During a recession, it's reasonable to expect certain specialized retailers to enjoy an uptick in business, and shopping club warehouses certainly fit this expectation in the current pandemic-induced economic malaise. BJ's Wholesale Club (NYSE: BJ), the small, regional challenger to Costco and Walmart's Sam's Club, has enjoyed a sales renaissance through the first two quarters of 2020. And as of this writing, BJ's stock is up roughly 103% year to date -- a clean doubling since the 1st of January.
BJ's success shouldn't ward off prospective shareholders, however. The company is utilizing the sudden pop in its fortunes to fortify future sales and improve net profitability. And as we'll discuss below, despite its steep ascent, BJ's stock hasn't yet landed in "overvalued" territory.
Revenue and membership momentum
BJ's second quarter 2020 earnings, released on Aug. 20, continued an impressive run from the first quarter. On a year-over-year basis, sales improved by 18.4% to $3.9 billion, while membership fees advanced by 10.2% to $82 million, summing to a top line of nearly $4 billion. In the first six months of the year, revenue has jumped by 19.5% to $7.8 billion against the comparable prior-year period, while net income has soared 124% to $203 million.
BJ's has gained a windfall of new customers during the pandemic, and its membership base now exceeds 6 million members, an expansion of 10% over the year-end 2019 total. CEO Lee Delaney described this extraordinary growth during the company's earnings conference call as packing 18 months' worth of membership additions into the past six months. Delaney conjectured that if the current pace continues, BJ's will have crammed three years of membership growth into 12 months by the end of 2020. The CEO also provided the following insight on the profile of new customers, as well as the wholesaler's efforts to convert them to brand loyalists:
Not only are new members joining at elevated levels, they skew younger and are more digitally engaged. We believe our membership will be stickier, and we are adding incremental efforts to ensure higher levels of engagement. We have added incremental marketing to support member outreach and have been encouraged by the results in new and existing clubs. We are also focused on ensuring our members remain engaged, especially new members. We are closely monitoring their behavior and utilizing a targeted, personalized approach to keep them engaged in shopping.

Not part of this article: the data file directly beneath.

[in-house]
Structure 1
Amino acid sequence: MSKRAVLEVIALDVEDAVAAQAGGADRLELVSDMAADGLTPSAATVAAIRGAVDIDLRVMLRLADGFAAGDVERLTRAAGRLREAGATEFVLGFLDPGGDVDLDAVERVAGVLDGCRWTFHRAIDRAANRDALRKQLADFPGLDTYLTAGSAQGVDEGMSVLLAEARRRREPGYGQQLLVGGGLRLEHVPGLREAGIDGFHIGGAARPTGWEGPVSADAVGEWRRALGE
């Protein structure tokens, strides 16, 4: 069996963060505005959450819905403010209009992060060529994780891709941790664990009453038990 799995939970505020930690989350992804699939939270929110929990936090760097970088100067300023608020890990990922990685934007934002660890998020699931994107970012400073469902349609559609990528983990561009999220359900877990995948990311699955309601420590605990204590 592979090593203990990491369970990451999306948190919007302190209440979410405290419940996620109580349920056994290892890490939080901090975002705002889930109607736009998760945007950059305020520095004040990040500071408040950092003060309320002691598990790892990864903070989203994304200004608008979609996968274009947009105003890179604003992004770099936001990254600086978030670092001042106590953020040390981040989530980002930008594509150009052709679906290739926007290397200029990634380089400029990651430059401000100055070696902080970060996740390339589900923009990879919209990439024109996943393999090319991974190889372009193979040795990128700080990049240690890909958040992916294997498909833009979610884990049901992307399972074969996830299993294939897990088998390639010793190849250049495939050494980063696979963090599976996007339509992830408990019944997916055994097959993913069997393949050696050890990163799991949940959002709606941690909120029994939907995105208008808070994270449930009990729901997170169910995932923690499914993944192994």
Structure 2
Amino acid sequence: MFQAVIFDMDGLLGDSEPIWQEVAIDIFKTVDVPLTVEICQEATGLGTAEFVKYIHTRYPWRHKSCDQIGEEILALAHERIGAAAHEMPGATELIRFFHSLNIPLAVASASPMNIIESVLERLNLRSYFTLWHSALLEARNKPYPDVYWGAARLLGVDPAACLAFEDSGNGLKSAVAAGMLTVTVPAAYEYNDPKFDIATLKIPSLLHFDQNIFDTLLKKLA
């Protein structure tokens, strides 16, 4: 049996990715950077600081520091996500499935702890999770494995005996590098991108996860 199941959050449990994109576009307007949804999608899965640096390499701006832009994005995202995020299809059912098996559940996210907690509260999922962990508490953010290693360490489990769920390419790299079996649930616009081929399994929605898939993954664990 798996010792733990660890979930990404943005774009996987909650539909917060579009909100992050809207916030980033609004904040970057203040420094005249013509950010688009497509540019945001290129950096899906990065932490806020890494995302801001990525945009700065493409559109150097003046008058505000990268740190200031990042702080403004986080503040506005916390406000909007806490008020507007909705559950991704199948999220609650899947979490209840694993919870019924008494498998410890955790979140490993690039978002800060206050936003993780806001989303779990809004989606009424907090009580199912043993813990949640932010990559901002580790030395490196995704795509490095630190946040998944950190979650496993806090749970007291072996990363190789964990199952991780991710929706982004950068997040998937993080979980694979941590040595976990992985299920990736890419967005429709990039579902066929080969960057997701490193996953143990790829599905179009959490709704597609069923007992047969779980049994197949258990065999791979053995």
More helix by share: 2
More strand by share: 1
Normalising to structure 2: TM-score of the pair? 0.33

Removing a drag on the income statement
One of the objections to buying BJ's stock I've personally held in the past is the company's heavy debt load. When the East Coast-based chain went public in July 2018, it used most of its IPO proceeds of $690 million to pay down a $631 million term loan, yet this still left $2 billion of debt on the books (against just $31 million in cash), along with a steep quarterly interest expense burden of $33 million. This interest expense total equated to more than a third of BJ's $90 million in operating income in fiscal third quarter 2018.
To its credit, management has steadily reduced the club operator's debt obligations over the last two years, including paying down roughly $480 million on borrowings in the first two quarters of 2020. Total debt has been trimmed to $1.2 billion, and this gradual deleveraging has diminished the interest expense drag on the company's income statement -- in fact, it's been cut in half since BJ's IPO:
Reasonable market pricing
At the beginning of March, just as the COVID-19 pandemic was taking hold in the U.S., I wrote about a potential mismatch in the market's pricing of Costco's and BJ's shares. I argued that as BJ's had lapped the one-time expenses from its IPO, its profitability had converged with that of Costco's; yet, at a forward earnings multiple of 36.5, Costco was trading at near triple BJ's forward price-to-earnings (PE) ratio of 13.5.
The pandemic has opened investors' eyes regarding the value of BJ's business model, and the two stocks now trade closer to parity -- but only by a little bit. BJ's shares have doubled since early March, but a strong increase in its earnings estimates means that its forward PE ratio has bumped up by just 4.5 percentage points, to 18.0.
Conversely, with its own year-to-date stock appreciation of 17%, Costco now trades at 40 times forward earnings. Thus BJ's retains its substantial discount to its much-larger rival. It can also be purchased at a discount to consumer staples stocks in the S&P 500 index, which trade on average at 21 times forward earnings.
Given the various points above, what's the investing takeaway? Still relatively inexpensive, marked by continuous deleveraging, and capitalizing on an unanticipated membership boost in 2020, BJ's isn't quite the bargain it was in March, but it's still a timely and persuasive purchase for patient investors looking for stable growth ideas. I'm planning to pick up shares as soon as internal trading rules at The Motley Fool allow following the publication of this article.
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